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Respiratory Symptom Reporting Error in Occupational Surveillance of Older Farmers

Johnson, Nancy E. DrPH, MSPH; Browning, Steven R. PhD, MSPH; Westneat, Susan M. MS; Prince, T Scott MD, MPH; Dignan, Mark B. PhD, MPH

Journal of Occupational and Environmental Medicine: April 2009 - Volume 51 - Issue 4 - p 472-479
doi: 10.1097/JOM.0b013e3181973de5
Original Articles

Objective: Agricultural health studies often use respiratory symptom report as a surrogate measure of disease and exposure; little data exists on the accuracy of symptom report in a work-motivated population.

Methods: Screening spirometry and telephone survey data for Kentucky male farmers >55 year (n = 134) in the NIOSH Farm Family Health and Hazard Surveillance Project were compared to investigate the accuracy of symptom report as a measure of respiratory disease risk in older farmers.

Results: The prevalence of reported obstructive respiratory symptoms was 0.24 (95% CI = 0.17 to 0.31); objective measures increased prevalence to 0.35 (95% CI = 0.27 to 0.43). Customary symptom questions did not reliably reflect objective indicators of respiratory impairment.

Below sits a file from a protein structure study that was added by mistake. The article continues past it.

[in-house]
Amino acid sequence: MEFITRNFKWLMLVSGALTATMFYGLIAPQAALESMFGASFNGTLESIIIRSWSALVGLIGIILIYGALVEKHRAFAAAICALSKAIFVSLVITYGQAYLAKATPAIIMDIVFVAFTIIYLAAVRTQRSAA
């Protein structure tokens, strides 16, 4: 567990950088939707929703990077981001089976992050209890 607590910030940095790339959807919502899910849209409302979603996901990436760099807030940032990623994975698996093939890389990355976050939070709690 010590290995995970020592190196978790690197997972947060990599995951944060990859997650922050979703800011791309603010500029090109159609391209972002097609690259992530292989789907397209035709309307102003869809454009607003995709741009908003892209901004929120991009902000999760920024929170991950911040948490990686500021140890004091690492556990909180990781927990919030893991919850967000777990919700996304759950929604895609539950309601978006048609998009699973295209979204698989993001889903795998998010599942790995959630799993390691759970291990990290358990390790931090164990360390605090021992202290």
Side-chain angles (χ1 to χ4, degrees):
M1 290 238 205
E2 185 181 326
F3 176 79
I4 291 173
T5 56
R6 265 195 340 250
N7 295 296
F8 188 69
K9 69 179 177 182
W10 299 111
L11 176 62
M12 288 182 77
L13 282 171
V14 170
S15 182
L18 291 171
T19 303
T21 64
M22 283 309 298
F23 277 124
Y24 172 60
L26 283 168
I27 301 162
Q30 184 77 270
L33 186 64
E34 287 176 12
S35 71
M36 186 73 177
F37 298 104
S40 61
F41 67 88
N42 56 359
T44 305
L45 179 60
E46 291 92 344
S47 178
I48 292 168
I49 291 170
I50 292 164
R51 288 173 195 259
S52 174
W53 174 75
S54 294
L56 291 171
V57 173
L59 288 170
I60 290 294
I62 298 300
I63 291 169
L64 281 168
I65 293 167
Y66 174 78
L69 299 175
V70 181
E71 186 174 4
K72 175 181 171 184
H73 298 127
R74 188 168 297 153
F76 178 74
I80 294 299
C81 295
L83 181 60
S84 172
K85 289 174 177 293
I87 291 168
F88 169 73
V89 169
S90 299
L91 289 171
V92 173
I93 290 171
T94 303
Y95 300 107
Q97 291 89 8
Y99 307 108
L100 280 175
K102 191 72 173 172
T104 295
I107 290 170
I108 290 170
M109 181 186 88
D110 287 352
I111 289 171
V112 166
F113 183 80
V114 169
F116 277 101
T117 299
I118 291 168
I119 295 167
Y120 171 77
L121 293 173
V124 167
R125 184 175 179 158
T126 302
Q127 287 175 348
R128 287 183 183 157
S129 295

Conclusions: Older farmers may not accurately report respiratory symptoms. Whether by intention or misinterpretation of physical cues, self-reporting errors in this population may introduce misclassification bias.

From the College of Medicine (Dr Johnson, Dr Dignan); College of Public Health (Drs Browning, Prince); and College of Nursing (Ms Westneat), University of Kentucky, Lexington, Ky.

Address correspondence to: Nancy E. Johnson, DrPH, MSPH, CIH, Department of Internal Medicine, Prevention Research Center, Markey Cancer Center, University of Kentucky, CC441, 800 Rose Street, Lexington, KY 40536; E-mail: nejohn2@uky.edu.

©2009The American College of Occupational and Environmental Medicine